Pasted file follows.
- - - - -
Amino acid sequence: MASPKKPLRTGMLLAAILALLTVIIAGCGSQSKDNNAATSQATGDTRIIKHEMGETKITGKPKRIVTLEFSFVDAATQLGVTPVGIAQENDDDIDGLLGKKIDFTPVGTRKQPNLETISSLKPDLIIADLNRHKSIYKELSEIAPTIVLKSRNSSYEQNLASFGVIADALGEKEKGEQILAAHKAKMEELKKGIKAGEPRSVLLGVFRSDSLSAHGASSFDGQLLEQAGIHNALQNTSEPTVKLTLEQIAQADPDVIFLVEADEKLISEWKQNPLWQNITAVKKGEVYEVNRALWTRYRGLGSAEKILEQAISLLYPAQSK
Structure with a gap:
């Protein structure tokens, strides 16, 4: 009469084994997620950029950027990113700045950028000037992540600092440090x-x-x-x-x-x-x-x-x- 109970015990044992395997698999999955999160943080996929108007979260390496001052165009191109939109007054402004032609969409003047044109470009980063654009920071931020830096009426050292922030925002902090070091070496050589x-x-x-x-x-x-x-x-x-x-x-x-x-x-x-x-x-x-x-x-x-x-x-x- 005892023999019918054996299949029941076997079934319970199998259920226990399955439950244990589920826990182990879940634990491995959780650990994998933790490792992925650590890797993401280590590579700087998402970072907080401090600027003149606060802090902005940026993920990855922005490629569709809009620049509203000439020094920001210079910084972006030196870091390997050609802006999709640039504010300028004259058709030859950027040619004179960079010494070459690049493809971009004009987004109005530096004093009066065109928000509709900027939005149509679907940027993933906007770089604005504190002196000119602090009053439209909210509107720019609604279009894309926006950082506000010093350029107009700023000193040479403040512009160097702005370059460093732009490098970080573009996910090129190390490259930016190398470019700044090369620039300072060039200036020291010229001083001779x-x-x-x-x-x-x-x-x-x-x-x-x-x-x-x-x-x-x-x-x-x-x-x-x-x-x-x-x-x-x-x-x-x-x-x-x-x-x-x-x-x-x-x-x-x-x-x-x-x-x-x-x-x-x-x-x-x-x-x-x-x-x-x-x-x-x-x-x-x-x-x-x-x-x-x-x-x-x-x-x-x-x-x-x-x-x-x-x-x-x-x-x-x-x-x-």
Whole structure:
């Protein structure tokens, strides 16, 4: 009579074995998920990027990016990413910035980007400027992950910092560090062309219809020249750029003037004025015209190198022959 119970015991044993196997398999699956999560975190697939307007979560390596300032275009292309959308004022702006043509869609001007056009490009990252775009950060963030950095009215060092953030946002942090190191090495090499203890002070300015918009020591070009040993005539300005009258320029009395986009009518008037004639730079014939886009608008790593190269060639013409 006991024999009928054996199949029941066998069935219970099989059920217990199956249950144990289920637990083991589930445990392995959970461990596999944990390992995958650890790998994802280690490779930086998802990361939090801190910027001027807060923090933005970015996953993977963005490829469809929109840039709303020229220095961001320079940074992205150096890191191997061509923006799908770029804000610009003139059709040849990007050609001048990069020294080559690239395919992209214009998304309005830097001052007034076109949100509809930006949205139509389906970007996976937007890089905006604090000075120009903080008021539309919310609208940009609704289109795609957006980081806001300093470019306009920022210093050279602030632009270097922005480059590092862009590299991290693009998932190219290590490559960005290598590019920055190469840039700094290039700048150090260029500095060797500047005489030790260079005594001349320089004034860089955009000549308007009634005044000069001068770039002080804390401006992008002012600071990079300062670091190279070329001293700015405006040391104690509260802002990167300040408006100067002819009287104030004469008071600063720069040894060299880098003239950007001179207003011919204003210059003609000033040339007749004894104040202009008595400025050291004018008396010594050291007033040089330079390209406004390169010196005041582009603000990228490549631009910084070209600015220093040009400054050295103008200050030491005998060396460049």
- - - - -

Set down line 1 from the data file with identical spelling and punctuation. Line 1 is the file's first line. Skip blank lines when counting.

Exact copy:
Amino acid sequence: MASPKKPLRTGMLLAAILALLTVIIAGCGSQSKDNNAATSQATGDTRIIKHEMGETKITGKPKRIVTLEFSFVDAATQLGVTPVGIAQENDDDIDGLLGKKIDFTPVGTRKQPNLETISSLKPDLIIADLNRHKSIYKELSEIAPTIVLKSRNSSYEQNLASFGVIADALGEKEKGEQILAAHKAKMEELKKGIKAGEPRSVLLGVFRSDSLSAHGASSFDGQLLEQAGIHNALQNTSEPTVKLTLEQIAQADPDVIFLVEADEKLISEWKQNPLWQNITAVKKGEVYEVNRALWTRYRGLGSAEKILEQAISLLYPAQSK